Coral reefs are dream diving destinations but their importance extends far beyond their beauty. They are some of the most valuable and diverse ecosystems on earth and home to about 25% of all species of marine life.
They protect coastlines from storms, buffering them from wave action and preventing erosion, as well as protecting the productive wetlands along the coast.
More than 100 countries benefit from tourism related to reefs and they provide food and employment for millions of people around the world.
Reefs are naturally formed by corals, which are small animals known as polyps. Algae, sponges, soft coral and invertebrates create a foundation for complex food webs. From large predators to small herbivorous fish, all are protected and find food on a reef.
Everything from lobsters to sea turtles depends on the reef and each animal plays an important role in the ecosystem.
Up to half of the coral reefs in the world are already lost or severely damaged. Scientists are predicting that by 2050 all corals will be threatened, and by 2070, they could be gone altogether.
Some of the factors causing the damage are global warming, excessive fishing, careless tourism, sedimentation, and coral mining. The greatest threat comes from rising water temperatures that cause coral bleaching.
As many of the threats are manmade, it is important to take action by controlling fishing, restoring the reefs, keeping the oceans clean and restoring creating marine protected areas.
Volunteering for a coral reef conservation project is one way for divers and ocean lovers to help protect these reefs and make sure future generations can benefit from them too.
The Great Barrier Reef, Australia
Australia’s Great Barrier Reef is the largest reef on earth, comprised of more than 3,000 reef systems with 400 different types of coral and abundant marine life. It is a UNESCO World Heritage Site and one of the Seven Natural Wonders of World.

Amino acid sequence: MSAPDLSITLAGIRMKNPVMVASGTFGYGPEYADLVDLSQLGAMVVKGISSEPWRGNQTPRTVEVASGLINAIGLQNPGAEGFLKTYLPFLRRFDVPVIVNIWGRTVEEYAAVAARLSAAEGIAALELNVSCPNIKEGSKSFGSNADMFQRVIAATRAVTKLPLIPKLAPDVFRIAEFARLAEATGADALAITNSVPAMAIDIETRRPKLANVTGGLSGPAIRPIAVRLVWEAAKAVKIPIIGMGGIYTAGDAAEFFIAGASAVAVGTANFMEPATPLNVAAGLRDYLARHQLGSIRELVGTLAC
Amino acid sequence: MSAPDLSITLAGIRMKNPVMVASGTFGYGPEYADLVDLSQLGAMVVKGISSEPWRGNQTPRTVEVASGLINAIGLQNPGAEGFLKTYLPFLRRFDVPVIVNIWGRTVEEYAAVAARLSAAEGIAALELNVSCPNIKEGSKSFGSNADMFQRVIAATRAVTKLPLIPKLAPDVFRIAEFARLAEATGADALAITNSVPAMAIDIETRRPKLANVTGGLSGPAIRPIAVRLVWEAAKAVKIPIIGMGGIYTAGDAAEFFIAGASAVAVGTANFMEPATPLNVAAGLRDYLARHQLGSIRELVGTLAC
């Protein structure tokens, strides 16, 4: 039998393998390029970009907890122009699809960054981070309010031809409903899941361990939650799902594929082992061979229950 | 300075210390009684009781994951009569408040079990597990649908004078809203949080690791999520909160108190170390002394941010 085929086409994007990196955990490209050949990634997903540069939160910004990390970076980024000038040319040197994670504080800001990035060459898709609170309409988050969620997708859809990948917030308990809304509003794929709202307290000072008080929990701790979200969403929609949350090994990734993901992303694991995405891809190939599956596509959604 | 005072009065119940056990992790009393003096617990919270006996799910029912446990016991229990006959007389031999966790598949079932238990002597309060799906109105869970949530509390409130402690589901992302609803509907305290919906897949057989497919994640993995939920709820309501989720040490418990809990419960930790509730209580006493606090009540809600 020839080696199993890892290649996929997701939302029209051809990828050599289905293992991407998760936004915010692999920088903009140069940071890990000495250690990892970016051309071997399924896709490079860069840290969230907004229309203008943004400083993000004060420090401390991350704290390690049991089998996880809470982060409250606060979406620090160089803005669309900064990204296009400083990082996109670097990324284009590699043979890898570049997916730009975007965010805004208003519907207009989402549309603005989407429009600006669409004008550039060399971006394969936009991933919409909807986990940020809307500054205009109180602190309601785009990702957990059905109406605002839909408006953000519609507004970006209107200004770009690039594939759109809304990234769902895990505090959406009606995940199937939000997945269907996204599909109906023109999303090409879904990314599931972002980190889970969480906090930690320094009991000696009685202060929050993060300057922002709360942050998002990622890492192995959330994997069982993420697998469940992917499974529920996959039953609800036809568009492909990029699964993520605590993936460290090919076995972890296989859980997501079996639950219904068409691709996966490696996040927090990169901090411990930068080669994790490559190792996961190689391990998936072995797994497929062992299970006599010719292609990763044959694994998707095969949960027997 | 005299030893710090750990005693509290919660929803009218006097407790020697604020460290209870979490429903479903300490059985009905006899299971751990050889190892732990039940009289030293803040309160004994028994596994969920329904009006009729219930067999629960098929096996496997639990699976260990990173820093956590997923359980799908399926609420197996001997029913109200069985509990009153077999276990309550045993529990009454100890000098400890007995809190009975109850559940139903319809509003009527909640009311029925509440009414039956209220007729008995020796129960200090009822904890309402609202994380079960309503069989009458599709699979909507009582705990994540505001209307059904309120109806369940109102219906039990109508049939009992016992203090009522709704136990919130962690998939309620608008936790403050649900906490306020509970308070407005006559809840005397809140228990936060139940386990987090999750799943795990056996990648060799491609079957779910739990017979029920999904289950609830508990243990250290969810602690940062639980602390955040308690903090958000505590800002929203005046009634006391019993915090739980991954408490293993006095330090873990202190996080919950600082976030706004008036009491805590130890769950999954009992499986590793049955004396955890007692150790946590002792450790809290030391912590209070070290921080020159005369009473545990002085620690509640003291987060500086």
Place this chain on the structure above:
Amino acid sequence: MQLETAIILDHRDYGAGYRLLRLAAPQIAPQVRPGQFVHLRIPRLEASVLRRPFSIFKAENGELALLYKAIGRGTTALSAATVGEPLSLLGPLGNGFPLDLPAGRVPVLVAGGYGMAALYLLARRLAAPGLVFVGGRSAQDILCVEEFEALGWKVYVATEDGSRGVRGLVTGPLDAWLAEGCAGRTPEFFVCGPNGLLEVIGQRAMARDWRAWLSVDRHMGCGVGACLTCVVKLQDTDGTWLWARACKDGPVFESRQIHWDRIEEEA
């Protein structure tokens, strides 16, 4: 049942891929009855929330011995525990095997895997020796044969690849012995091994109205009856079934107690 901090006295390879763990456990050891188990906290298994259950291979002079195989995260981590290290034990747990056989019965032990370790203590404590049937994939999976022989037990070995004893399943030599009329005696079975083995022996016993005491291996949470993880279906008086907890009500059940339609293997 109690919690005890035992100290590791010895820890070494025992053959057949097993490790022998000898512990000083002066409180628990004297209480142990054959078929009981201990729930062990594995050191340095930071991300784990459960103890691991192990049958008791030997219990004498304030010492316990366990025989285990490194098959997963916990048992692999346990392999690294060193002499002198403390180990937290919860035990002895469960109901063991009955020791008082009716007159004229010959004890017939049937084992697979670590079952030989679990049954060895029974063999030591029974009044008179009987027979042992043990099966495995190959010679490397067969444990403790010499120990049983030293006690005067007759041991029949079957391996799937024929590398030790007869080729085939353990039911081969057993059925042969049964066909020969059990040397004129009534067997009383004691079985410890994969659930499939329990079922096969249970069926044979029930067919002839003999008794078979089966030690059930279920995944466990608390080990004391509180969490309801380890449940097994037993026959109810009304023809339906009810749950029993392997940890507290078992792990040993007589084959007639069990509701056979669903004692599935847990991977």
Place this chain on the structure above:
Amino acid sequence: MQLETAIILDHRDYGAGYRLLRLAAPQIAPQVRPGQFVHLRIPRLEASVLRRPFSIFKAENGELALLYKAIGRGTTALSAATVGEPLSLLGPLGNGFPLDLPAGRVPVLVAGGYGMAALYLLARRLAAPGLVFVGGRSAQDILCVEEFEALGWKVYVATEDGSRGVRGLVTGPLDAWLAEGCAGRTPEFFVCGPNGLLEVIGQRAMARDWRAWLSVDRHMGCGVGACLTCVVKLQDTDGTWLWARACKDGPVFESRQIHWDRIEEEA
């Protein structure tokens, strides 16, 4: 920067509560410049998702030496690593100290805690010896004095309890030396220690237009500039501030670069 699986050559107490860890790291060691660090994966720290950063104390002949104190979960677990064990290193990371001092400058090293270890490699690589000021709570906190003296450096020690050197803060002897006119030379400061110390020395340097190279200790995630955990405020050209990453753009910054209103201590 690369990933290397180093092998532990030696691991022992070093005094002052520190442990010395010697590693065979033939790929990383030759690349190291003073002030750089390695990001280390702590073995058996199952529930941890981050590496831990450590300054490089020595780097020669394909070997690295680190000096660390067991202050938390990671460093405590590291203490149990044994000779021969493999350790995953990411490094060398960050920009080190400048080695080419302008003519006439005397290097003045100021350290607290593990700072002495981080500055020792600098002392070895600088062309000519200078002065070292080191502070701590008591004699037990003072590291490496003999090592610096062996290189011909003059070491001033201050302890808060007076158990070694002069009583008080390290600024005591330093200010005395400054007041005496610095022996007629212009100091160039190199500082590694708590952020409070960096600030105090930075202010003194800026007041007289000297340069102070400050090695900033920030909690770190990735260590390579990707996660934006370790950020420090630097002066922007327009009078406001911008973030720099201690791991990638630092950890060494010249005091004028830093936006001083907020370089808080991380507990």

Coral Watch is an organization based at the University of Queensland that works with volunteers worldwide. They can get involved in collecting important information that is used by professional scientists, conservation groups and reef managers.
Raja Ampat, Indonesia
Raja Ampat in Indonesia has over 600 different species of hard coral and the reefs are still in good condition, stretching unbroken as far as the eye can see. Aside from the coral, divers can see almost 1,300 species of tropical fish.
They will also see other marine animals, including endangered sea turtles and endemic species like the epaulette shark (walking shark). When scientists discovered that the area had the largest coral reef diversity based on its size, they made plans to protect it.
Volunteers can join a diving project in Raja Ampat that’s created to work at a grassroots level, mixing research and survey dives with community work and education.
Palancar Reef, Cozumel Mexico
The Palancar Reef is often referred to by divers as “the underwater garden of Eden” due to the incredibly vibrant colors of the coral and they often return again and again to this reef.
It is not as large as some of the other reefs mentioned here, but its multicolored pink, green, yellow and orange corals make it just as beautiful. The coral is home to butterfish fish, squirrelfish, seahorses, sea fans, parrotfish, and much more.
The Cozumel Ocean Research Org has a network of volunteers responsible for the protection of the undersea environment in Cozumel. Informational and fun courses help people gain a deeper understanding of delicate marine ecosystems and train volunteers in field methodologies to capture information scientists can use.
Belize Barrier Reef
This reef is the largest barrier reef in the northern hemisphere, featuring 106 different types of coral, more than 300 documented species of fish, coastal lagoons and mangrove forests. This is another UNESCO World Heritage Site and over 40% of the reefs are damaged, so protection efforts are extremely important.
The Blue Ventures organization offers an opportunity for volunteers from around the world to get involved in dive expeditions for marine research and community conservation. Invasive lionfish are a problem and volunteers can improve their dive skills as well as survey, hunt and dissect them.
Red Sea Coral Reef – Red Sea
The Red Sea Coral Reef is about 1,200 miles long and more than 5,000 years old. It is home to about 1,200 fish, a number which are found only in this area and 300 hard coral species. Located between the Arabian and Sahara deserts, two extremely hot and arid regions, this coral reef is able to withstand changes in temperature.
The Red Sea Environmental Center promotes coral reef conservation, research, and education at the Red Sea. It runs a field station at the southeast coast of the Sinai in Dahab and partners with Sinai Divers dive center, offering conservation volunteering.